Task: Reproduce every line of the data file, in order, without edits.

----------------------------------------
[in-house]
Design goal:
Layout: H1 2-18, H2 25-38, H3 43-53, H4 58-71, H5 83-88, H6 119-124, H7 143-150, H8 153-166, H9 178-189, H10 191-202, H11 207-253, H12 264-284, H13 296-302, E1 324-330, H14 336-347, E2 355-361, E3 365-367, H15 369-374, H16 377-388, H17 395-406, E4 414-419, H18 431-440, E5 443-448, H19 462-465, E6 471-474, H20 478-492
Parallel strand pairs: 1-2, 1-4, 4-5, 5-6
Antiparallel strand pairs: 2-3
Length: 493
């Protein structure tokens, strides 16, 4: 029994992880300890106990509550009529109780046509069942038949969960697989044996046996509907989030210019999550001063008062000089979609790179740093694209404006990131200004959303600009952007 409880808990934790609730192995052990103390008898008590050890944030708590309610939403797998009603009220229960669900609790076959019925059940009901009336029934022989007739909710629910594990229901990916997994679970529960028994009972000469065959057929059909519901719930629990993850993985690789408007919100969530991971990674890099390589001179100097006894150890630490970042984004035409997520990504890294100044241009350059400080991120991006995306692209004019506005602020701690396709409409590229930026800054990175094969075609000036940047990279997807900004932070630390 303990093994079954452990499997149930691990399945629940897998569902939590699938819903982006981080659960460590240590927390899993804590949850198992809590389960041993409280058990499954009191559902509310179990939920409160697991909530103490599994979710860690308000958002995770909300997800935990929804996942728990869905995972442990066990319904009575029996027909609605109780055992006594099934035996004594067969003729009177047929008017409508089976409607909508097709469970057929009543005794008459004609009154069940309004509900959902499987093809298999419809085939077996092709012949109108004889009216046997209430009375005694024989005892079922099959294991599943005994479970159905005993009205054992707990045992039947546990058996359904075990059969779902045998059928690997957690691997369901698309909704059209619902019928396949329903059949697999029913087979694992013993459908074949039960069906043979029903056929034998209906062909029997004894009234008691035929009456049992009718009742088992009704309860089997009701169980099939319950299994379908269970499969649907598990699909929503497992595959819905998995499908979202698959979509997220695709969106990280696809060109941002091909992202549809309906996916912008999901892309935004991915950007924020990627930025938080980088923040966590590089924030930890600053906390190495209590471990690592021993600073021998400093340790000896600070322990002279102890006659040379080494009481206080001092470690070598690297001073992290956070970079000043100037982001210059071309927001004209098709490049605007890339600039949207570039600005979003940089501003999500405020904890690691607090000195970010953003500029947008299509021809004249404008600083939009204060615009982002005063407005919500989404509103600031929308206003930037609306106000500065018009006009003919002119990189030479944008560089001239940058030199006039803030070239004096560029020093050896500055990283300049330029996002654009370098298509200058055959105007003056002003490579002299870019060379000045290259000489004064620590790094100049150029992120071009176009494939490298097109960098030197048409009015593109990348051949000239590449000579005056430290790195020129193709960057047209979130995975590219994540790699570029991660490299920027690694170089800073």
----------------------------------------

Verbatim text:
[in-house]
Design goal:
Layout: H1 2-18, H2 25-38, H3 43-53, H4 58-71, H5 83-88, H6 119-124, H7 143-150, H8 153-166, H9 178-189, H10 191-202, H11 207-253, H12 264-284, H13 296-302, E1 324-330, H14 336-347, E2 355-361, E3 365-367, H15 369-374, H16 377-388, H17 395-406, E4 414-419, H18 431-440, E5 443-448, H19 462-465, E6 471-474, H20 478-492
Parallel strand pairs: 1-2, 1-4, 4-5, 5-6
Antiparallel strand pairs: 2-3
Length: 493
């Protein structure tokens, strides 16, 4: 029994992880300890106990509550009529109780046509069942038949969960697989044996046996509907989030210019999550001063008062000089979609790179740093694209404006990131200004959303600009952007 409880808990934790609730192995052990103390008898008590050890944030708590309610939403797998009603009220229960669900609790076959019925059940009901009336029934022989007739909710629910594990229901990916997994679970529960028994009972000469065959057929059909519901719930629990993850993985690789408007919100969530991971990674890099390589001179100097006894150890630490970042984004035409997520990504890294100044241009350059400080991120991006995306692209004019506005602020701690396709409409590229930026800054990175094969075609000036940047990279997807900004932070630390 303990093994079954452990499997149930691990399945629940897998569902939590699938819903982006981080659960460590240590927390899993804590949850198992809590389960041993409280058990499954009191559902509310179990939920409160697991909530103490599994979710860690308000958002995770909300997800935990929804996942728990869905995972442990066990319904009575029996027909609605109780055992006594099934035996004594067969003729009177047929008017409508089976409607909508097709469970057929009543005794008459004609009154069940309004509900959902499987093809298999419809085939077996092709012949109108004889009216046997209430009375005694024989005892079922099959294991599943005994479970159905005993009205054992707990045992039947546990058996359904075990059969779902045998059928690997957690691997369901698309909704059209619902019928396949329903059949697999029913087979694992013993459908074949039960069906043979029903056929034998209906062909029997004894009234008691035929009456049992009718009742088992009704309860089997009701169980099939319950299994379908269970499969649907598990699909929503497992595959819905998995499908979202698959979509997220695709969106990280696809060109941002091909992202549809309906996916912008999901892309935004991915950007924020990627930025938080980088923040966590590089924030930890600053906390190495209590471990690592021993600073021998400093340790000896600070322990002279102890006659040379080494009481206080001092470690070598690297001073992290956070970079000043100037982001210059071309927001004209098709490049605007890339600039949207570039600005979003940089501003999500405020904890690691607090000195970010953003500029947008299509021809004249404008600083939009204060615009982002005063407005919500989404509103600031929308206003930037609306106000500065018009006009003919002119990189030479944008560089001239940058030199006039803030070239004096560029020093050896500055990283300049330029996002654009370098298509200058055959105007003056002003490579002299870019060379000045290259000489004064620590790094100049150029992120071009176009494939490298097109960098030197048409009015593109990348051949000239590449000579005056430290790195020129193709960057047209979130995975590219994540790699570029991660490299920027690694170089800073």